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Guilty Pleasures: Darkman



Rated: R  |  Where? Streaming on Netflix

When you mention the name of famed filmmaker Sam Rami, you’re likely to remember him one of two ways.

The first is as the young, ambitious “indie-before-there-was-an-indie” filmmaker who, along with his college buddies and very little cash, birthed the frantic, gory, and bizarrely comedic Evil Dead horror film series in the 1980s. If you’re younger or a comic fan, Rami’s name also rings a bell, as he directed the first three Spiderman films beginning in the early 2000s.

Darkman, released in 1990, isn’t considered one of Rami’s most successful or best films, but it does combine the director’s legendary love for monster movies with a classic superhero saga.

MONSTER MASH :  1990's 'Darkman' is a superhero action movie with horror sensibilities. - PHOTO COURTESY OF UNIVERSAL PICTURES
  • MONSTER MASH : 1990's 'Darkman' is a superhero action movie with horror sensibilities.

Darkman tells the story of Peyton Westlake (Liam Neeson), a gifted scientist who invents a synthetic skin that can be used to treat burn victims and those with facial deformities. That invention’s pretty convenient for Peyton, who is horribly disfigured and left for dead by a group of thugs lead by the menacing Robert Durant (played by the late, great character actor Larry Drake). After the attack, Peyton is reborn as the hideously scarred Darkman. He vows to get back at the men who attacked him and win back his girlfriend, Julie Hastings (Francis McDormand) in the process.

Peyton uses his lab to construct masks, disguising himself as the henchmen who attacked him and takes his revenge. The catch is that the synthetic skin degrades in the sunlight, giving him limited time to operate incognito.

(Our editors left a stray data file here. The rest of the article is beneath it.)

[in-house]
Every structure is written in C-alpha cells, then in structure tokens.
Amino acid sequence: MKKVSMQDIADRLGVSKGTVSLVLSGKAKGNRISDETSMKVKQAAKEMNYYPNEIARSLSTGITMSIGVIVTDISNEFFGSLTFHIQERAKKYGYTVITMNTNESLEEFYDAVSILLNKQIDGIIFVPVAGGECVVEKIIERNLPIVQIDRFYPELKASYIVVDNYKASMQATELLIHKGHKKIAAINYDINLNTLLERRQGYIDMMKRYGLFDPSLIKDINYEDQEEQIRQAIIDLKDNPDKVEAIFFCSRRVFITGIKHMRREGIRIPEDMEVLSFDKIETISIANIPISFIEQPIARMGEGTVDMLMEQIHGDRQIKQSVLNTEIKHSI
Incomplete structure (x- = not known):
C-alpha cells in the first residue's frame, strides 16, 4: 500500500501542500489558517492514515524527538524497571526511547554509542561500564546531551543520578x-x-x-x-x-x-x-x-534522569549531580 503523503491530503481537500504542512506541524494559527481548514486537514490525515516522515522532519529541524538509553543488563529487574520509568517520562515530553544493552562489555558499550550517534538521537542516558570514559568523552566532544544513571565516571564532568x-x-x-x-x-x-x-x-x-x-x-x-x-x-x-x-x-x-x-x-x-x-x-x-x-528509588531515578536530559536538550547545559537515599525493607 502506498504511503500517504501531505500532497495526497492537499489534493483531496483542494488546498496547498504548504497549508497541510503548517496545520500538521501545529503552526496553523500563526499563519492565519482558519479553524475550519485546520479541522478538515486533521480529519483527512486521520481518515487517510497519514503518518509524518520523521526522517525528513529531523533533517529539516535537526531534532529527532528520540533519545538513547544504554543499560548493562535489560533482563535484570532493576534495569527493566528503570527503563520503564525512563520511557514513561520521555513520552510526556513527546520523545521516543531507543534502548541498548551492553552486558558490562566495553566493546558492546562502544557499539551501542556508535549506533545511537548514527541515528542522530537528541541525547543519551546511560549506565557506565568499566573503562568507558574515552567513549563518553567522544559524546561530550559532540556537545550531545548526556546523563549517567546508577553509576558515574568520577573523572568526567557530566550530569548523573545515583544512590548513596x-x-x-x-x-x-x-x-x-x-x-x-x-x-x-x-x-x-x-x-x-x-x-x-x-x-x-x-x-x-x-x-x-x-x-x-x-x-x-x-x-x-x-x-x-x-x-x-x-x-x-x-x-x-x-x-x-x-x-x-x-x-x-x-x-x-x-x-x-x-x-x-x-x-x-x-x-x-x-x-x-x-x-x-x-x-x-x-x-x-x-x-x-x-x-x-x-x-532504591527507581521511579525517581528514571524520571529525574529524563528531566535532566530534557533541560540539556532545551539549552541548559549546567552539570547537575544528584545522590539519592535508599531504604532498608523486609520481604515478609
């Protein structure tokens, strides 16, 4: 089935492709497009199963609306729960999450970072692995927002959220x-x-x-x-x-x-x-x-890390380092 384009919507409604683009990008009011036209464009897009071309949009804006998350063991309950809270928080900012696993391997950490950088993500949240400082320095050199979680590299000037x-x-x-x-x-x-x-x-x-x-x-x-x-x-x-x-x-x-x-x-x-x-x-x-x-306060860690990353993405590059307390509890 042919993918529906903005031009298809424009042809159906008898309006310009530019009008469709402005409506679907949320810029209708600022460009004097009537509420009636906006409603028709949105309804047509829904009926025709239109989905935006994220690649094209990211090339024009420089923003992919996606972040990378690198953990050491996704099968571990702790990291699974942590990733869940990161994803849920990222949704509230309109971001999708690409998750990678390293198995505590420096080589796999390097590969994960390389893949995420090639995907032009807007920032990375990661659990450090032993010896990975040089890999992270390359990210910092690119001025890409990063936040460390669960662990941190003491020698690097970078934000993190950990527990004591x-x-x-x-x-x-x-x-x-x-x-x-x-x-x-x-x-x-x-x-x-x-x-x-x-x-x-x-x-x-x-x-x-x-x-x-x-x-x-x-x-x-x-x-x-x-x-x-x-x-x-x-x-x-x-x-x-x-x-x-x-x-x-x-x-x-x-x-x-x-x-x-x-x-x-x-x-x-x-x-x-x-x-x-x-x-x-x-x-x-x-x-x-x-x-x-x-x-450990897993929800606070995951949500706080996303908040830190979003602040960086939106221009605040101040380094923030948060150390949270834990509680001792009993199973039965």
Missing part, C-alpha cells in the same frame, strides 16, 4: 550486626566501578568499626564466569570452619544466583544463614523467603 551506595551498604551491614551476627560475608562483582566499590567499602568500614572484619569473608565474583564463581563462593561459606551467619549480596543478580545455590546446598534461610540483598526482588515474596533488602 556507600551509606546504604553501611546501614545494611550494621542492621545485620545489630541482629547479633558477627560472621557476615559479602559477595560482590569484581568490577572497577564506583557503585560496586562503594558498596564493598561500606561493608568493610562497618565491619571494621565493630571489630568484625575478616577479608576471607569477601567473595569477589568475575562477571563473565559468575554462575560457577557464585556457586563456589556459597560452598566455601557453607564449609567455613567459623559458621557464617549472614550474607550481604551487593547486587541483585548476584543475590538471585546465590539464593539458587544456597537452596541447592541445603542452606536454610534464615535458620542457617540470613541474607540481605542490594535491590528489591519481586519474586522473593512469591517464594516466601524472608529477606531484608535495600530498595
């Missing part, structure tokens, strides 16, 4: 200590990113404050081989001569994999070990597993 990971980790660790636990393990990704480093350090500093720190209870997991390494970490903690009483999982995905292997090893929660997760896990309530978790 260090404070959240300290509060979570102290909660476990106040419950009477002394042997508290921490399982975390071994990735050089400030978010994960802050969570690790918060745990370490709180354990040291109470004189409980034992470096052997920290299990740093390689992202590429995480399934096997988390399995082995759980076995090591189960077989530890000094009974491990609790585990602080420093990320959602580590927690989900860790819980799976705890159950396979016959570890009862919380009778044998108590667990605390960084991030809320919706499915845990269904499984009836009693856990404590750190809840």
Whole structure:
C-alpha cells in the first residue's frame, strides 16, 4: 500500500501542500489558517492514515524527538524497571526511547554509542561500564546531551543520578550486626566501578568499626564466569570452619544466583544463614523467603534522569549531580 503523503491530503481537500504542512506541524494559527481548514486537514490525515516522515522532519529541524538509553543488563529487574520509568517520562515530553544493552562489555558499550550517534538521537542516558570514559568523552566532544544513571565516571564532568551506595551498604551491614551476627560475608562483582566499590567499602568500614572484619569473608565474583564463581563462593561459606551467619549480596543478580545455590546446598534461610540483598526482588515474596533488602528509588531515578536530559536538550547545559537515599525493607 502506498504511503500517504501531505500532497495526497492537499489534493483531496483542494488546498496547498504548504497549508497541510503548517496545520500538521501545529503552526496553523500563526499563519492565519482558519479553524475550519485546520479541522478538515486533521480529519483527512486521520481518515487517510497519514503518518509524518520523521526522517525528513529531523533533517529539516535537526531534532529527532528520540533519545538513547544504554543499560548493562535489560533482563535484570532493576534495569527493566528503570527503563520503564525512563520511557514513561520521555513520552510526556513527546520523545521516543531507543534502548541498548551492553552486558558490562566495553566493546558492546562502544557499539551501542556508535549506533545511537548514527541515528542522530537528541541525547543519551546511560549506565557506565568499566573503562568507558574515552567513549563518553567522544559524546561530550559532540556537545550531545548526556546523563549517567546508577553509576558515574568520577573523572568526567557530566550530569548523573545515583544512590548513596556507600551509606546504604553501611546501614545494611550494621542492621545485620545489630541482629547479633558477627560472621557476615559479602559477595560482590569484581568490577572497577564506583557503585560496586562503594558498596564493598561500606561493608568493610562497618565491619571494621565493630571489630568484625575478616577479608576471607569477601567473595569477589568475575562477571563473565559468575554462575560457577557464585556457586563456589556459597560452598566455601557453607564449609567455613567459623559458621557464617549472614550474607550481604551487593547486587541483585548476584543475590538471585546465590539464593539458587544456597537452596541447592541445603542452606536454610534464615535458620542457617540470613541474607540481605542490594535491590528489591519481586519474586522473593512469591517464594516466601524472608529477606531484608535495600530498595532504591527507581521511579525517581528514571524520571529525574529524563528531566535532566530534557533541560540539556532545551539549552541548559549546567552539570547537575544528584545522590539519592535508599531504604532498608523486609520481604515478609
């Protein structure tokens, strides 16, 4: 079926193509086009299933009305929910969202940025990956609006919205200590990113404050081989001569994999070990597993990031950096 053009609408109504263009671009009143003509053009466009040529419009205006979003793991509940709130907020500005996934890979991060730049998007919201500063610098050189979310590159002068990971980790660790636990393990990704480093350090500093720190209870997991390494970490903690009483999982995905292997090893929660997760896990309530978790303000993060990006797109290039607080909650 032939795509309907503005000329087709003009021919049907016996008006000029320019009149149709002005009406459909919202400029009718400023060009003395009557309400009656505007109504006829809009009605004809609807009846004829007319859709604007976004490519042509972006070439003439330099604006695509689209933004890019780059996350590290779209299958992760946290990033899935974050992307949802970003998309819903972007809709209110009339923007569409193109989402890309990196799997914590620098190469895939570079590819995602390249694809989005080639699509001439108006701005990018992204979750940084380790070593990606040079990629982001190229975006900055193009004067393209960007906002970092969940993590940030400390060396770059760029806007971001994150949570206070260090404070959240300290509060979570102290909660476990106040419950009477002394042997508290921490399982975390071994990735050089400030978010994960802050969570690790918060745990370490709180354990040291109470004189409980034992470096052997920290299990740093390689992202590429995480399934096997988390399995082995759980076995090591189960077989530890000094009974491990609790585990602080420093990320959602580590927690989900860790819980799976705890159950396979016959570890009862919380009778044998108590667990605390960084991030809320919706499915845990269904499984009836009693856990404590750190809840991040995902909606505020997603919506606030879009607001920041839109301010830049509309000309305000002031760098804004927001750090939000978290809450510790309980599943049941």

Coming on the heels of 1989’s wildly popular Batman, Rami’s take on the superhero genre bears a striking resemblance to Tim Burton’s film, right down to a musical score by Danny Elfman. But while the movie borrows its style from Burton’s dark, brooding Batman, there’s no way you can miss Rami’s sensibilities in Darkman. The film features some truly gruesome moments, from Neeson’s horrific monster makeup to some fantastic scenes of his “masks” melting and oozing off his face—a stunning show of the practical effects seen in Evil Dead. In interviews, Rami said the movie was, in part, homage to the old Universal Pictures monster movies. Combine that with some odd (and possibly out-of-place) moments of physical comedy (again reminiscent of Evil Dead), and there’s no mistaking that this movie was made by anyone but Sam Rami.

Living in a time where slick, big-budget superhero movies are cranked out regularly and seen by millions, Darkman represents a time when filmmakers and movie studios were still trying to figure out how to bring superheroes to the big screen. The rules of the game weren’t set in stone, which meant filmmakers like Rami could experiment and take risks. The results, while not always perfect, are interesting and in the case of Darkman, worth checking out. 


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